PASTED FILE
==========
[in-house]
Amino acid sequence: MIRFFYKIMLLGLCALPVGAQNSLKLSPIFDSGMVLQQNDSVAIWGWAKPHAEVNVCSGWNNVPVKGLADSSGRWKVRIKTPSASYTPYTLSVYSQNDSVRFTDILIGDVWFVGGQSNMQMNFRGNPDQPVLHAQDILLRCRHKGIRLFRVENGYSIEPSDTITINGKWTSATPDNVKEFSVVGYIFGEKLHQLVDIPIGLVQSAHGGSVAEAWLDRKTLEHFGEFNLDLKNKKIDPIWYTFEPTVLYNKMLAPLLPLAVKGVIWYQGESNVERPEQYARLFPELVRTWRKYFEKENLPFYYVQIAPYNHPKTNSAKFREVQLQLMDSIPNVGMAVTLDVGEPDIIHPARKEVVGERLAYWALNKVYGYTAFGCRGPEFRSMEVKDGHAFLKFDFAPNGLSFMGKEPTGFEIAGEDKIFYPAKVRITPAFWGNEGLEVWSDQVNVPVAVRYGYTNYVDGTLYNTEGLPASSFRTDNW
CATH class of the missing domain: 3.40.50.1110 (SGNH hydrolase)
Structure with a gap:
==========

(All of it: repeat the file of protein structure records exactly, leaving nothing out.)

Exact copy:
[in-house]
Amino acid sequence: MIRFFYKIMLLGLCALPVGAQNSLKLSPIFDSGMVLQQNDSVAIWGWAKPHAEVNVCSGWNNVPVKGLADSSGRWKVRIKTPSASYTPYTLSVYSQNDSVRFTDILIGDVWFVGGQSNMQMNFRGNPDQPVLHAQDILLRCRHKGIRLFRVENGYSIEPSDTITINGKWTSATPDNVKEFSVVGYIFGEKLHQLVDIPIGLVQSAHGGSVAEAWLDRKTLEHFGEFNLDLKNKKIDPIWYTFEPTVLYNKMLAPLLPLAVKGVIWYQGESNVERPEQYARLFPELVRTWRKYFEKENLPFYYVQIAPYNHPKTNSAKFREVQLQLMDSIPNVGMAVTLDVGEPDIIHPARKEVVGERLAYWALNKVYGYTAFGCRGPEFRSMEVKDGHAFLKFDFAPNGLSFMGKEPTGFEIAGEDKIFYPAKVRITPAFWGNEGLEVWSDQVNVPVAVRYGYTNYVDGTLYNTEGLPASSFRTDNW
CATH class of the missing domain: 3.40.50.1110 (SGNH hydrolase)
Structure with a gap: